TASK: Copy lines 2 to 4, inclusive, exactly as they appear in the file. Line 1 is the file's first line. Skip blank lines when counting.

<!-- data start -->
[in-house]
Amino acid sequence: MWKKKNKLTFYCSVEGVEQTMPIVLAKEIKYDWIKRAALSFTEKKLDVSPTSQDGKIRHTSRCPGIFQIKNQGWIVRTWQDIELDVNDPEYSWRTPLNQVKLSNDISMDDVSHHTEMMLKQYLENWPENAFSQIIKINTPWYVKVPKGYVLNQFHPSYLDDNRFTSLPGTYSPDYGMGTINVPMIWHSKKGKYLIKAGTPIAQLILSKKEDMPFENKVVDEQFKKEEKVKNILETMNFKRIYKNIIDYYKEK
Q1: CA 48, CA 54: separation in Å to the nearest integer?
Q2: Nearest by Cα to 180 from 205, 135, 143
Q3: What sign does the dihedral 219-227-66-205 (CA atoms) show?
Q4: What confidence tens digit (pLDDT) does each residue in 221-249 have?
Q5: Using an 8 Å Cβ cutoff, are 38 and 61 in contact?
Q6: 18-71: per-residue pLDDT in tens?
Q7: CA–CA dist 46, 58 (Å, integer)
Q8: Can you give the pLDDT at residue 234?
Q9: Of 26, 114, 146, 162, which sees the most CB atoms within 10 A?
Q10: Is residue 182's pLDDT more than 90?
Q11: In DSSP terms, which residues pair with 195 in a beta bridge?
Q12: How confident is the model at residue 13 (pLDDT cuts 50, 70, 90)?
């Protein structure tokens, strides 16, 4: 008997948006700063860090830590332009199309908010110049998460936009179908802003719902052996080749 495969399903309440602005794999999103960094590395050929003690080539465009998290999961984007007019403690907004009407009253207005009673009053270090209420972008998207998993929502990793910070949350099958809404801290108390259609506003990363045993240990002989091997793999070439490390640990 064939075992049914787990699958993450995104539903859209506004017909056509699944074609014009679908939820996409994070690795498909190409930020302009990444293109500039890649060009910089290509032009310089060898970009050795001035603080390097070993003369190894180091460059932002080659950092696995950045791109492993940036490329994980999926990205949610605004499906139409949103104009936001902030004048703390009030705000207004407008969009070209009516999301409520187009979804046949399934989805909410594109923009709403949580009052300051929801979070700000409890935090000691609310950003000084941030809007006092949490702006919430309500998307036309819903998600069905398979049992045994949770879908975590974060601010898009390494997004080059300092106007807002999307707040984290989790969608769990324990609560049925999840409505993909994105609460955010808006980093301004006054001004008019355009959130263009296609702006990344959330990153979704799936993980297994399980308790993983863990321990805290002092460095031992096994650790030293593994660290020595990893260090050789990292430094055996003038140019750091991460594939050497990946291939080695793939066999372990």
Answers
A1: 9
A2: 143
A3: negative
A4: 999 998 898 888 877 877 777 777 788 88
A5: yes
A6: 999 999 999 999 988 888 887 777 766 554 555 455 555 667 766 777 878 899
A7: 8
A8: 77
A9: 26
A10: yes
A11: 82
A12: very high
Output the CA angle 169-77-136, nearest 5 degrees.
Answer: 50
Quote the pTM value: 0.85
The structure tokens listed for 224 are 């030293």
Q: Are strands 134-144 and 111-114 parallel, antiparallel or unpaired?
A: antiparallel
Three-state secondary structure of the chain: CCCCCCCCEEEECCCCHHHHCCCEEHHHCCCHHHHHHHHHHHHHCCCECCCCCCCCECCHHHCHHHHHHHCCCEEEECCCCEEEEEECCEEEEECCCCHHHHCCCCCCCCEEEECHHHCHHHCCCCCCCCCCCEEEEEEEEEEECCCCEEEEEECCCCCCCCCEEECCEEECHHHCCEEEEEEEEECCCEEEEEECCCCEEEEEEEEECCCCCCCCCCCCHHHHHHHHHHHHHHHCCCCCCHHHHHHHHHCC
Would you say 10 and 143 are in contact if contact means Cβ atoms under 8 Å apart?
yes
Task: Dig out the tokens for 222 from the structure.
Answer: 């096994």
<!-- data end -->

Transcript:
Amino acid sequence: MWKKKNKLTFYCSVEGVEQTMPIVLAKEIKYDWIKRAALSFTEKKLDVSPTSQDGKIRHTSRCPGIFQIKNQGWIVRTWQDIELDVNDPEYSWRTPLNQVKLSNDISMDDVSHHTEMMLKQYLENWPENAFSQIIKINTPWYVKVPKGYVLNQFHPSYLDDNRFTSLPGTYSPDYGMGTINVPMIWHSKKGKYLIKAGTPIAQLILSKKEDMPFENKVVDEQFKKEEKVKNILETMNFKRIYKNIIDYYKEK
Q1: CA 48, CA 54: separation in Å to the nearest integer?
Q2: Nearest by Cα to 180 from 205, 135, 143